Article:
While most Burmese live in abject poverty, the generals are wealthy. The number of Mercedes and BMW’s in Rangoon is astonishing. Sumptuous meals are served to thousands in the elite at fancy hotels. The money to support this lifestyle comes from legal foreign direct investment, much of it from EU countries, and illicit businesses, such as those documented by “Global Witness” in its most recent report about the devouring of Burma’s forests, particularly in northern Kachin state.

In short, the Generals are fiddling, while the country is burning. What should the EU and the international community do about this?

One thing it should not do is to send mixed signals. It should strengthen the kind of measures, outlined in the excellent reports of the “Burma Campaign UK”, that have the best chance of impacting the Generals. Only actions that are targeted at the self interest of men who seem indifferent to the plight of their people will have any chance of success.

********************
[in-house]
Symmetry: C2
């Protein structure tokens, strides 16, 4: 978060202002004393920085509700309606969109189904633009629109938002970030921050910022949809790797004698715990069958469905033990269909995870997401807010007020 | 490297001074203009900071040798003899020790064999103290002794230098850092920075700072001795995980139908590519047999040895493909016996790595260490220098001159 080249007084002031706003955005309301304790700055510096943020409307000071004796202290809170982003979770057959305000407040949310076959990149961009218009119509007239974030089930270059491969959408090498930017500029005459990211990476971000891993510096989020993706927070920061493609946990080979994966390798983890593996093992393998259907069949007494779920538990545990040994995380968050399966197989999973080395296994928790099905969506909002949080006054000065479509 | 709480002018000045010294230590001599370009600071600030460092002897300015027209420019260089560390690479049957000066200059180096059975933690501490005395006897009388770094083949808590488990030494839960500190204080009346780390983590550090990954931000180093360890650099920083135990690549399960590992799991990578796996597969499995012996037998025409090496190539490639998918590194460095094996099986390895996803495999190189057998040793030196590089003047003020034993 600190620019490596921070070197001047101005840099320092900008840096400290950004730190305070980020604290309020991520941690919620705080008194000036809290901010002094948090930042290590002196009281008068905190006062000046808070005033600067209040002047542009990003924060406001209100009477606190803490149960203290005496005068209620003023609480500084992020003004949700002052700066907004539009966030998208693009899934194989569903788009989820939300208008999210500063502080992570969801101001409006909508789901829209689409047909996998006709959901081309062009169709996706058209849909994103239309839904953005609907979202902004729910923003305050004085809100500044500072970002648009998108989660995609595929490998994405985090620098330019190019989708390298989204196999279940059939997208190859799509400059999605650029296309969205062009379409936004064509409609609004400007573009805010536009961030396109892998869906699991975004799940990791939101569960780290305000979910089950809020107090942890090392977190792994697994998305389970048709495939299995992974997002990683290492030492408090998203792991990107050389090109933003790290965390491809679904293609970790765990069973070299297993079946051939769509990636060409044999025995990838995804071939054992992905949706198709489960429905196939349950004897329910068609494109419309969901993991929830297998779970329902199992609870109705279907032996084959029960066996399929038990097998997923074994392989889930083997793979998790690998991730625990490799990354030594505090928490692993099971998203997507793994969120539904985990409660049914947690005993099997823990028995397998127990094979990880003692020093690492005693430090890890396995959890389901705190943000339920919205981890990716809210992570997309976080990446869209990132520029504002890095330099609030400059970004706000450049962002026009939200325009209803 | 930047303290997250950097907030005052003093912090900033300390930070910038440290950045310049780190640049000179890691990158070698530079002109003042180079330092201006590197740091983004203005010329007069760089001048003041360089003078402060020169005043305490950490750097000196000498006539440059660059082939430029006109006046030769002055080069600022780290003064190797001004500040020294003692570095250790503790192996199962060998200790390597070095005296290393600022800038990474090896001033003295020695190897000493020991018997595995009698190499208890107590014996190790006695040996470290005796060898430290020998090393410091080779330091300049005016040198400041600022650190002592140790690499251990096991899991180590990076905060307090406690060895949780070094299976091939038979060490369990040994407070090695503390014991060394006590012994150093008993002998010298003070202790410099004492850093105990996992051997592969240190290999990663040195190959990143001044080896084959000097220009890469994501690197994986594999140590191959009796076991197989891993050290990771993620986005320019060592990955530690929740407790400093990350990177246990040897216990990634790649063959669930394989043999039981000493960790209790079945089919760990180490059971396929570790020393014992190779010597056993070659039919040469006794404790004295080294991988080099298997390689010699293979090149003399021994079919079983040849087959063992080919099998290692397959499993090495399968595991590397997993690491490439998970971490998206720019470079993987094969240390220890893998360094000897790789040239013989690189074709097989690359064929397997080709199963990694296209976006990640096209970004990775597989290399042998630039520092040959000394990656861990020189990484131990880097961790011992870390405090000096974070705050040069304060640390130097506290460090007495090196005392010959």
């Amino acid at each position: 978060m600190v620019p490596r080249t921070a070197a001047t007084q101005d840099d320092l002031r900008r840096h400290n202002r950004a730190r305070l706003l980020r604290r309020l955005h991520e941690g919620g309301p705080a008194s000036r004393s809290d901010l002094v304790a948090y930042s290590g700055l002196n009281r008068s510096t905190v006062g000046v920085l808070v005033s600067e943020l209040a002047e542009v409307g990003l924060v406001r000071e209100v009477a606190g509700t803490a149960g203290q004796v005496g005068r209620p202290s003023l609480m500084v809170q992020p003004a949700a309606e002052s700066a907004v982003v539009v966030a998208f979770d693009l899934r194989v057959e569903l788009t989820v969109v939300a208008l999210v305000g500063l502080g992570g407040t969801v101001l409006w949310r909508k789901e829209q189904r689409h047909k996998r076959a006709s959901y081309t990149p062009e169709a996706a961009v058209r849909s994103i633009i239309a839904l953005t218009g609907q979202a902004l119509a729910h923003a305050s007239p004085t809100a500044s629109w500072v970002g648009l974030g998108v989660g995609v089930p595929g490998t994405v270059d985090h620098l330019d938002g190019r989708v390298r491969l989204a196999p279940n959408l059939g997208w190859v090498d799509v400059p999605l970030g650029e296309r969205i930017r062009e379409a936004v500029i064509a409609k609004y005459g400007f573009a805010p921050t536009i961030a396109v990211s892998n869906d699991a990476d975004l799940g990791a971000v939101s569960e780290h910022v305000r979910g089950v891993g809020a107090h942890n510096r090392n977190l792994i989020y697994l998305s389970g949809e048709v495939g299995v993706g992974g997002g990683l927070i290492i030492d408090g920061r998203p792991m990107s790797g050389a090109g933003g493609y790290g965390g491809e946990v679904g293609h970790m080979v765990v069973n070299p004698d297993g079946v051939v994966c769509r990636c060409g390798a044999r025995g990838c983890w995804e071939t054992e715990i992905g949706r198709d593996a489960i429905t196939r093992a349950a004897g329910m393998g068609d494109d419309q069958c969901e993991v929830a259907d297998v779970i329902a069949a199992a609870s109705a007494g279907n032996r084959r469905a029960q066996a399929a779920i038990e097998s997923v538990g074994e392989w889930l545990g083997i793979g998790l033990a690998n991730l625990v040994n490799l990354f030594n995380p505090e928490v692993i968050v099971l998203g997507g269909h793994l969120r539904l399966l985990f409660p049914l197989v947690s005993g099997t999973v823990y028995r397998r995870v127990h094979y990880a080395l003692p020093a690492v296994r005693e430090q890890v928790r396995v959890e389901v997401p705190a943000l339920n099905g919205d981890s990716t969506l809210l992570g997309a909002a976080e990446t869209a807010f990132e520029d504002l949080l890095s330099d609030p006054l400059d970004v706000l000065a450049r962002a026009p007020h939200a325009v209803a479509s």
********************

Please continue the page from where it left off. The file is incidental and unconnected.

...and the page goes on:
In addition to the important bans on arms and weapons sales, defense attaches, non-humanitarian aid, visas for SPDC, and high level visits, and a freeze on personal assets of those connected to the regime (which has reportedly amounted to 86 Euros in Germany and 3,500 pounds in the UK), it is crucial to target the formal economic sector, which is largely controlled by the military, and avoid hurting those in the informal sector, such as agriculture, in which most Burmese eke out a living. Measures to consider include:

  1. a ban on investment;
  2. a ban on goods and services from enterprises owned by the military, such as the conglomerates the “Union of Myanmar Economic Holdings” (all shareholders are members of the military) and the “Myanmar Economic Corporation” and any subsidiaries;
  3. a ban on international financial transfers by EU companies or citizens; and
  4. a ban on imports of raw materials that leads to forced displacement of local people, threatens their livelihoods, and promises environmental destruction.